ECU claims double win at WA Information Technology and Telecommunications Alliance Incite Awards


CyberMe developers Vaskar Kadel, Soumya Ranjith, Indu Goyal, Jaspreet Kaur, Khushi Bhatt, Geeth Nammunni Arachchige and Steve Arbuckle (Kinectic IT). Pictures: Spoilt Weddings
CyberMe developers Vaskar Kadel, Soumya Ranjith, Indu Goyal, Jaspreet Kaur, Khushi Bhatt, Geeth Nammunni Arachchige and Steve Arbuckle (Kinectic IT). Pictures: Spoilt Weddings

A MATHS app and cyber safety program for children added up to a double win for ECU in WA’s technology awards.

Two ECU projects won awards at the WAITTA (WA Information Technology and Telecommunications Alliance) Incite Awards on June 15.

Another two were national finalists, meaning four teams from the university will represent WA at the National iAwards in August.

Abydos developers Richard Deck from St Stephen’s School, Dr Martin Masek and Marcus Ashby (NEC).

One of the winning projects was a maths app, Abydos, developed by ECU’s Martin Masek and Julie Boston in partnership with St Stephen’s School to improve primary students’ skills in fractions.

The game is set in ancient Egypt and blends fractions into Egyptian history.

“Abydos has artificial intelligence built in to the app which monitors students’ answers to different problems,” Dr Masek said.

“For example if a student gives three incorrect answers to a problem, the app will modify the next problem to a lower level and vice-versa.

“The app works just like a traditional videogame in this respect, but instead of driving, or chasing monsters it’s teaching fractions.”

AMAT-Deploy developers Tarun Patel, Yaroslav Lukyanchenko, Adrian Wood, Radek Vaclavik, Gareth Clarson and Sam Wakeling.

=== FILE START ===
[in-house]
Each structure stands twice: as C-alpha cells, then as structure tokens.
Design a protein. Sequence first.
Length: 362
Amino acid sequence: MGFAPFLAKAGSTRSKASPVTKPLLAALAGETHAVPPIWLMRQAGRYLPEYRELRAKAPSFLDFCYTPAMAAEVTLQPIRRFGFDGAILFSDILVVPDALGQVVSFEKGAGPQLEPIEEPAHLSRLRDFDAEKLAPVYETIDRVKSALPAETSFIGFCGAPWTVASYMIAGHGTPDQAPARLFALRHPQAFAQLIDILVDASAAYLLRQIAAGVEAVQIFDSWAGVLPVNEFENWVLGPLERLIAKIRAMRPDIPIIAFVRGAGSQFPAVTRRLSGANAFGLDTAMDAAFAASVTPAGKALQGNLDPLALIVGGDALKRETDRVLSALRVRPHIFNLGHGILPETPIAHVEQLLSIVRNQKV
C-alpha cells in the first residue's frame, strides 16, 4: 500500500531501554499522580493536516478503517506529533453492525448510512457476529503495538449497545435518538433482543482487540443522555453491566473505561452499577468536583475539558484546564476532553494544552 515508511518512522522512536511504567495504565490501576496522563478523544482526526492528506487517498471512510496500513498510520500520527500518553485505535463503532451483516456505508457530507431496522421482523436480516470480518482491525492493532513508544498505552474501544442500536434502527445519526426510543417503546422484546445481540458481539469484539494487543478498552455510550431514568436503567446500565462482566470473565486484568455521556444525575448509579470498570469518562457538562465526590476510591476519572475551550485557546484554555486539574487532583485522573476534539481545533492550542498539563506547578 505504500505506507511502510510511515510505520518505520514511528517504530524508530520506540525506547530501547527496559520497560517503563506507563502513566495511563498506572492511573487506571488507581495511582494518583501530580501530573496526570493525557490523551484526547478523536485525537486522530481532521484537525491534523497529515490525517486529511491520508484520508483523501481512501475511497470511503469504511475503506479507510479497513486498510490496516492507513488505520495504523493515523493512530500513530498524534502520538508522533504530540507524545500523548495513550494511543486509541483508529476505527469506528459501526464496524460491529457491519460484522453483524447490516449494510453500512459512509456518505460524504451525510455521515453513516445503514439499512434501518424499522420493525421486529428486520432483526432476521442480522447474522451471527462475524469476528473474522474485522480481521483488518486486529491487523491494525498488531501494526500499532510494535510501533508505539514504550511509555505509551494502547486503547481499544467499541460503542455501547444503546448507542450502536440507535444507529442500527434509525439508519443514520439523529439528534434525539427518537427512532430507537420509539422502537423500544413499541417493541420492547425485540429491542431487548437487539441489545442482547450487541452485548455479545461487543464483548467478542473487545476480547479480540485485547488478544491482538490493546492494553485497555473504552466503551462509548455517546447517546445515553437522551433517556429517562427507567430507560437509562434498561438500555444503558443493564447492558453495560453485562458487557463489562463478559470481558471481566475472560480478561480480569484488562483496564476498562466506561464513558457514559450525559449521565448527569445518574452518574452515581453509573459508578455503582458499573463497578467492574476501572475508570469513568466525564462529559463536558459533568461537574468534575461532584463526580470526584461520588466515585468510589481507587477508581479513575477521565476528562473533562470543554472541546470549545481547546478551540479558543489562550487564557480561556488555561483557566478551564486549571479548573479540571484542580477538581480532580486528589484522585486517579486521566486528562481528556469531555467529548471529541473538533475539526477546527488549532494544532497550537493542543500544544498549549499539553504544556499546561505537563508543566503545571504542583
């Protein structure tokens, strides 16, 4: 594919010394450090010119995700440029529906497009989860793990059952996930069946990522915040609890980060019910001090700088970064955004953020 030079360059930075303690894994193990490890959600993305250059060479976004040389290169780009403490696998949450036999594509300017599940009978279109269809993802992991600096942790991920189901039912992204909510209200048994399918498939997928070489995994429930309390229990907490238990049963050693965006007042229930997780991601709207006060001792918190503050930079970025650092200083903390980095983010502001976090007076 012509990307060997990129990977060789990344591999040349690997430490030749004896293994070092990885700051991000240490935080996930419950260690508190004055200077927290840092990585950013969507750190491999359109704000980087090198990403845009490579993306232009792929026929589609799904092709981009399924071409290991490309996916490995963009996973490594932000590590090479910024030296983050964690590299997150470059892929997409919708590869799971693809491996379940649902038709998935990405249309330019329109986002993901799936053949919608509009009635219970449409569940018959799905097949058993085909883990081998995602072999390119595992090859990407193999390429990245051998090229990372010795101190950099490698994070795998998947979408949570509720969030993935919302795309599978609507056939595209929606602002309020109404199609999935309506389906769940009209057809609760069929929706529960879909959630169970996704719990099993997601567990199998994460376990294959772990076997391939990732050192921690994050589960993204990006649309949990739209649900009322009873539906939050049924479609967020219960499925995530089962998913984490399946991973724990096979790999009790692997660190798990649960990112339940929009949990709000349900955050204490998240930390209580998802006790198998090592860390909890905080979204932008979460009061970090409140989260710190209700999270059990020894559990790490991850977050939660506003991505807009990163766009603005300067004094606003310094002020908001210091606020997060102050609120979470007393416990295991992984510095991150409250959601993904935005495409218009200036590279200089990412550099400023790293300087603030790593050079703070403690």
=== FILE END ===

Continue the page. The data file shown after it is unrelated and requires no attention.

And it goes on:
It won the most transformative impact on education award and is available on iTunes and Google Play.

A group of computer science masters students won the postgraduate tertiary student research and innovation project of the year award for their cyber safety program, CyberMe.

The program uses games and teaching modules to let primary and secondary students teach themselves about cyber security.

It was developed by Vaskar Kadel, Khushi Bhatt, Jaspreet Kaur, Soumya Ranjith, Geeth Nammunni Arachchige and Indu Goyal.

In the same category, a group of science students were named national finalists for a project that could make it easier to detect a common cyber security threats, Automated Malware Analysis Tool – Deploy.

Social Circles developers James McNeil, Tony Errington (Australian Computer Society), Jarryd Wimbridge and Marko Vasev.

AMAT-Deploy, developed by Gareth Clarson, Yaroslav Lukyanchenko, Tarun Patel, Adrian Wood, Sam Wakeling and Radek Vaclavik, could make it easier for small businesses to protect themselves from malware.

A team of computer science students was a finalist in the undergraduate tertiary student project of the year category for its virtual reality tool, Social Circles.

Developed by Jarryd Wimbridge, Marko Vasev and James McNeil and partners in the education sector, the tool helps students with special needs learn about protective behaviour in a safe place.